What is the difference between broad digital strategy initiatives referred to as ‘optimization’, ‘innovation’, ‘transformation’, and ‘disruption’? More importantly, is there any reason to care?
The unique characteristics among these four groups could be considered a matter of semantics. But for senior managers working to understand their place within the emerging and rapidly evolving digital strategy ecosystem, this framework offers a useful model to think about the issues, and how their industry sectors are being affected by digitally-based competitive forces.
Which Affects Which Companies?
- All companies can (and should) pursue a digital optimization strategy
- Most companies are capable of employing digital innovation in their businesses, but only a small percentage do
- To date, few companies have voluntarily initiated digital transformation undertakings; most go kicking and screaming, in response to dire competitive conditions
- Digital disruption is tricky, if not impossible, to reliably work into a formal business plan; but when conditions do yield disruption, it hits like a tidal wave
The following exhibit offers a one-stop summary, and further discussion on the distinctions follow.
Digital Optimization involves making the most of existing online and offline assets through digital-enablement and tuning, and any company with a website is able to do this. Most well-run, large companies have made digital optimization a priority in recent years, while the SMB marketplace is still trying to figure out the best way to make web marketing work.
Tools: multi-functional website, intranet/extranet, search marketing, email marketing, content marketing, display advertising, cloud solutions
Digital Innovation is characterized by using digital tools and techniques in a unique way to alter a competitive landscape, and cause competitors to respond accordingly. Digital can contribute in marketings, sales and operations, so can contribute in a variety of manners. Starbucks has innovated by making it easy for customers to pay by the mobile channel, as well as luring customers into its locations with free and high-speed internet access (note that McDonald’s is now doing the same). The Four Seasons invested $15 million into its latest global digital overhaul to alter the online landscape for selling luxury hotel rooms. MacGray has changed the niche laundry room management business with its introduction of LaundryView.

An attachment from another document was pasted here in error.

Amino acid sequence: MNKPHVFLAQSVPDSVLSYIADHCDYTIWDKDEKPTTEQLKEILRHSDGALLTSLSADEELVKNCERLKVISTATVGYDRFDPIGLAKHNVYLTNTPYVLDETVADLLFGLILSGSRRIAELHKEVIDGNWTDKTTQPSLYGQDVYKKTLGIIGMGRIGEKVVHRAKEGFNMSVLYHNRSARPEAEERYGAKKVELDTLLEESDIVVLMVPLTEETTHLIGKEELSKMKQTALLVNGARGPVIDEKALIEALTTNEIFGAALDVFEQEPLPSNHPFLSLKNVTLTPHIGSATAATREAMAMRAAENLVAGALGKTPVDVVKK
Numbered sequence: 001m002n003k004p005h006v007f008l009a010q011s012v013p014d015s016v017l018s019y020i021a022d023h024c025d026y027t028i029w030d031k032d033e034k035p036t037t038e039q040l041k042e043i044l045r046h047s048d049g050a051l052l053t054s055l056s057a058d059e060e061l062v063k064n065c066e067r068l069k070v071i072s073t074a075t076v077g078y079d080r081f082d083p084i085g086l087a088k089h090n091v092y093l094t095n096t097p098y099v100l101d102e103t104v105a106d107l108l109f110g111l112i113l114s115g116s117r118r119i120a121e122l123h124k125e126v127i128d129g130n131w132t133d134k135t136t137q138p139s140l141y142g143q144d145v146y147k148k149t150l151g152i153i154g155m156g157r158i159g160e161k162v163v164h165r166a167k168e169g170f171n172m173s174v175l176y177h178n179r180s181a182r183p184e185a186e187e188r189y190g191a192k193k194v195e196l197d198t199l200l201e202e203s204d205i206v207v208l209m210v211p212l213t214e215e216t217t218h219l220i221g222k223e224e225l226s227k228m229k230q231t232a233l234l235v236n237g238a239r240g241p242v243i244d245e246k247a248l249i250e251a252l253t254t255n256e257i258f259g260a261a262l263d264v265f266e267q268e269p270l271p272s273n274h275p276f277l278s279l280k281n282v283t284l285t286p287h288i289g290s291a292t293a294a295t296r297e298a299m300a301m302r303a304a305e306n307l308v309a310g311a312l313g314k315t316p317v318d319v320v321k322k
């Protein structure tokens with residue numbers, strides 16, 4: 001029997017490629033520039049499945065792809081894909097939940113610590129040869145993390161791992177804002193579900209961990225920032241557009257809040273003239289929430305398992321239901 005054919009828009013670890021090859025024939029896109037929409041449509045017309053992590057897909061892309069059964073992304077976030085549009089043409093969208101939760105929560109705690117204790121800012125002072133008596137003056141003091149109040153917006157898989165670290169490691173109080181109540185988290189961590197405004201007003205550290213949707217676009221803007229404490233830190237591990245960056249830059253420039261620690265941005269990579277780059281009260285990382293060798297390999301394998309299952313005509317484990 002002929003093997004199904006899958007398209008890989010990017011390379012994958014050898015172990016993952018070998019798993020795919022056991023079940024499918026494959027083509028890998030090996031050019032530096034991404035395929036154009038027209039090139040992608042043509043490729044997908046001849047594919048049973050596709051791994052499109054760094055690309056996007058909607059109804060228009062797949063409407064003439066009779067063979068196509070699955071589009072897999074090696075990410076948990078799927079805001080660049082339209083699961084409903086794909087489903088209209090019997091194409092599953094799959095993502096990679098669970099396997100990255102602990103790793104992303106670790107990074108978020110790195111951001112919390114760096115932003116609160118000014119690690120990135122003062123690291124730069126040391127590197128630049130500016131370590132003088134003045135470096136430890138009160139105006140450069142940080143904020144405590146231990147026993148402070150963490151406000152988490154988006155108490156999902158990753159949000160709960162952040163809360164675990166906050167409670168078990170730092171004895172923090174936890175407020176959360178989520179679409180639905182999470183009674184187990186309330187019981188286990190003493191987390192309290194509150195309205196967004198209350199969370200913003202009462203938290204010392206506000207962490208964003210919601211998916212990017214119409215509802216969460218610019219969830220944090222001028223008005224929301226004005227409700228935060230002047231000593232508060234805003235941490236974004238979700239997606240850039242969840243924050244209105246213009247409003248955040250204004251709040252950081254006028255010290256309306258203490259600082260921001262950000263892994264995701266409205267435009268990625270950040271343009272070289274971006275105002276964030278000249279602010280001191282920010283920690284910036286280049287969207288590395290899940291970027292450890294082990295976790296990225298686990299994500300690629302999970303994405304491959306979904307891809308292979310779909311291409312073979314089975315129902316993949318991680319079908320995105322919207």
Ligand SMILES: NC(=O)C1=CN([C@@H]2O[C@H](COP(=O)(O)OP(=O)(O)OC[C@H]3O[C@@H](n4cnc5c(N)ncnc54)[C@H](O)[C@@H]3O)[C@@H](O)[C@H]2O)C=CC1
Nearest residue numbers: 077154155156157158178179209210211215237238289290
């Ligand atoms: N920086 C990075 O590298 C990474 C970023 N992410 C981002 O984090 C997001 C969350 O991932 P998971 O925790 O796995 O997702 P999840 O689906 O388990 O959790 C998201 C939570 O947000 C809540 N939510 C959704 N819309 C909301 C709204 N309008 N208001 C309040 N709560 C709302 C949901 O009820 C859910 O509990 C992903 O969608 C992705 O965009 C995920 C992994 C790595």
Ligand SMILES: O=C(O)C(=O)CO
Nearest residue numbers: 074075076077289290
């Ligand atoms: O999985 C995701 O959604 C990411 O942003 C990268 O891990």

Tools: creative thinking and ideation, custom development, promotion and outreach; senior leadership willingness to test a new idea and fail.
Digital Transformation comes in a variety of forms — organizational, cultural, product-oriented — but some sectors are faced with no other option than to transform. Newspapers are the poster child for having been savagely assaulted by the internet revolution, and though it took the sector awhile to respond, some appear to have turned the corner, most notably the New York Times. Companies such as GE and AMEX have publicly stated digital transformation initiatives underway, though these are assumed to be of the 3-5-10 year variety. For a more detailed discussion on what’s involved with these efforts, see Digital Transformation Best Practices.
Tools: corporate strategy, leadership turnover, change management, new product development and promotion; emotional detachment from legacy business practices.
Digital Disruption turns sectors upside down, causes household brands to disappear in short order, and makes twenty-somethings into billionaires. These don’t happen frequently, but dominate media coverage when they do. Most revolutionary digital strategies are successfully converted by VC-backed start-ups, due to the Innovator’s Dilemmaprinciple. Apple is, of course, the highest profile example of the past decade or so – and completely contrary to the VC premise – using its “I-stack” (pod, phone, pad) to upend the music, telecommunications, and computing industries. Facebook and Google are two ubiquitous brands that are impacting multiple industries but having the most influence by affecting how employers attract and retain talent. Cloud computing is the category that will have the most impact over the next 2 – 5 years.
Tools: a big idea, and a whole lot of good fortune and capital investment.
In the final analysis, of course, it doesn’t matter what kind of digital strategy your organization chooses to pursue, so long as it’s taking the necessary measures to maintain a competitive advantage. While most industry sectors are being affected in a meaningful way by digital-enablement, the level of urgency in some areas (e.g., utilities) is much less significant than others (e.g., electronics). For senior managers in less digitally-intensive businesses, digital strategy can be viewed as a source of potential competitive advantage; while those in sectors experiencing the wrath of the digital revolution, figuring out how to work digital into the organization is a matter of survival.